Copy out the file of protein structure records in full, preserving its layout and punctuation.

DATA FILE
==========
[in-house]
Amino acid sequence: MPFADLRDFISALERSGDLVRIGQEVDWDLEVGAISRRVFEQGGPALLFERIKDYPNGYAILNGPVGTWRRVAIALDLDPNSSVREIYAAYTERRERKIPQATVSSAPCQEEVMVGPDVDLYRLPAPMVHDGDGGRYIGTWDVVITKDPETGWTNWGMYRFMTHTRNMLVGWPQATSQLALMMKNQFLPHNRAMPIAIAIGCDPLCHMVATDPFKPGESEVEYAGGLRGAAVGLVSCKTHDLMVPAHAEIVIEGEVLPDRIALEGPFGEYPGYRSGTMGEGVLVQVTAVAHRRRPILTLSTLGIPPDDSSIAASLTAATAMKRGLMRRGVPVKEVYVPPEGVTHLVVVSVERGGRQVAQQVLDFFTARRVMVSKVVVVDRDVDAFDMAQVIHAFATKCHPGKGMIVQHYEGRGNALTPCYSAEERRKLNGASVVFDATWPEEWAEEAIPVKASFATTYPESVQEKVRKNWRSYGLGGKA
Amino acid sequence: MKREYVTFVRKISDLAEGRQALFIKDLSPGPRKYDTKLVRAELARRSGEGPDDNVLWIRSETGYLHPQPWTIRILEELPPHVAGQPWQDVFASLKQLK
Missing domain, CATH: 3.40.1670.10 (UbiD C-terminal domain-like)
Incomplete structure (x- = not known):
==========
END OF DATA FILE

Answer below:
[in-house]
Amino acid sequence: MPFADLRDFISALERSGDLVRIGQEVDWDLEVGAISRRVFEQGGPALLFERIKDYPNGYAILNGPVGTWRRVAIALDLDPNSSVREIYAAYTERRERKIPQATVSSAPCQEEVMVGPDVDLYRLPAPMVHDGDGGRYIGTWDVVITKDPETGWTNWGMYRFMTHTRNMLVGWPQATSQLALMMKNQFLPHNRAMPIAIAIGCDPLCHMVATDPFKPGESEVEYAGGLRGAAVGLVSCKTHDLMVPAHAEIVIEGEVLPDRIALEGPFGEYPGYRSGTMGEGVLVQVTAVAHRRRPILTLSTLGIPPDDSSIAASLTAATAMKRGLMRRGVPVKEVYVPPEGVTHLVVVSVERGGRQVAQQVLDFFTARRVMVSKVVVVDRDVDAFDMAQVIHAFATKCHPGKGMIVQHYEGRGNALTPCYSAEERRKLNGASVVFDATWPEEWAEEAIPVKASFATTYPESVQEKVRKNWRSYGLGGKA
Amino acid sequence: MKREYVTFVRKISDLAEGRQALFIKDLSPGPRKYDTKLVRAELARRSGEGPDDNVLWIRSETGYLHPQPWTIRILEELPPHVAGQPWQDVFASLKQLK
Missing domain, CATH: 3.40.1670.10 (UbiD C-terminal domain-like)
Incomplete structure (x- = not known):